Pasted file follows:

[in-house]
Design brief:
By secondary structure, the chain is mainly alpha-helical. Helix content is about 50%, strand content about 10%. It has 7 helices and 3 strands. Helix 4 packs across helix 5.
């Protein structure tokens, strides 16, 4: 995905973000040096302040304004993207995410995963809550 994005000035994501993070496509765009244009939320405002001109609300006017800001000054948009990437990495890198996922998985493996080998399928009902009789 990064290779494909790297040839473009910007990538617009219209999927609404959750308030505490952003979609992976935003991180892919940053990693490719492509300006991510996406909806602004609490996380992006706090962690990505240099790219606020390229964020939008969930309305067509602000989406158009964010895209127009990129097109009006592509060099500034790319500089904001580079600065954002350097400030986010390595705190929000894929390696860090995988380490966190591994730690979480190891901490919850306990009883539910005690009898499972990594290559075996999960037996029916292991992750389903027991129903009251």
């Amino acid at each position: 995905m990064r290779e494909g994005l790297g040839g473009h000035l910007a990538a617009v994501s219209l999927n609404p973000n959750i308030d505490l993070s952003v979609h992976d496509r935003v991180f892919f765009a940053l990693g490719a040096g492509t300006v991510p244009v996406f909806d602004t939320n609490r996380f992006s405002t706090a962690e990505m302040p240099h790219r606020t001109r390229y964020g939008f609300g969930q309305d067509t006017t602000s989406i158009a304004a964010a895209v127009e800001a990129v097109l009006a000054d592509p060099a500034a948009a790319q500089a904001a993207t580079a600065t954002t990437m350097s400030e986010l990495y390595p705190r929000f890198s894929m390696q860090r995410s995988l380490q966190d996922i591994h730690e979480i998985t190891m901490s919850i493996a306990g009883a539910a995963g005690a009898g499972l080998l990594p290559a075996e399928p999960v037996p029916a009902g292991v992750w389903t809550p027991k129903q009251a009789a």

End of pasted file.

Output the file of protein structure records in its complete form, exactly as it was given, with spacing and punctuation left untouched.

[in-house]
Design brief:
By secondary structure, the chain is mainly alpha-helical. Helix content is about 50%, strand content about 10%. It has 7 helices and 3 strands. Helix 4 packs across helix 5.
């Protein structure tokens, strides 16, 4: 995905973000040096302040304004993207995410995963809550 994005000035994501993070496509765009244009939320405002001109609300006017800001000054948009990437990495890198996922998985493996080998399928009902009789 990064290779494909790297040839473009910007990538617009219209999927609404959750308030505490952003979609992976935003991180892919940053990693490719492509300006991510996406909806602004609490996380992006706090962690990505240099790219606020390229964020939008969930309305067509602000989406158009964010895209127009990129097109009006592509060099500034790319500089904001580079600065954002350097400030986010390595705190929000894929390696860090995988380490966190591994730690979480190891901490919850306990009883539910005690009898499972990594290559075996999960037996029916292991992750389903027991129903009251």
């Amino acid at each position: 995905m990064r290779e494909g994005l790297g040839g473009h000035l910007a990538a617009v994501s219209l999927n609404p973000n959750i308030d505490l993070s952003v979609h992976d496509r935003v991180f892919f765009a940053l990693g490719a040096g492509t300006v991510p244009v996406f909806d602004t939320n609490r996380f992006s405002t706090a962690e990505m302040p240099h790219r606020t001109r390229y964020g939008f609300g969930q309305d067509t006017t602000s989406i158009a304004a964010a895209v127009e800001a990129v097109l009006a000054d592509p060099a500034a948009a790319q500089a904001a993207t580079a600065t954002t990437m350097s400030e986010l990495y390595p705190r929000f890198s894929m390696q860090r995410s995988l380490q966190d996922i591994h730690e979480i998985t190891m901490s919850i493996a306990g009883a539910a995963g005690a009898g499972l080998l990594p290559a075996e399928p999960v037996p029916a009902g292991v992750w389903t809550p027991k129903q009251a009789a």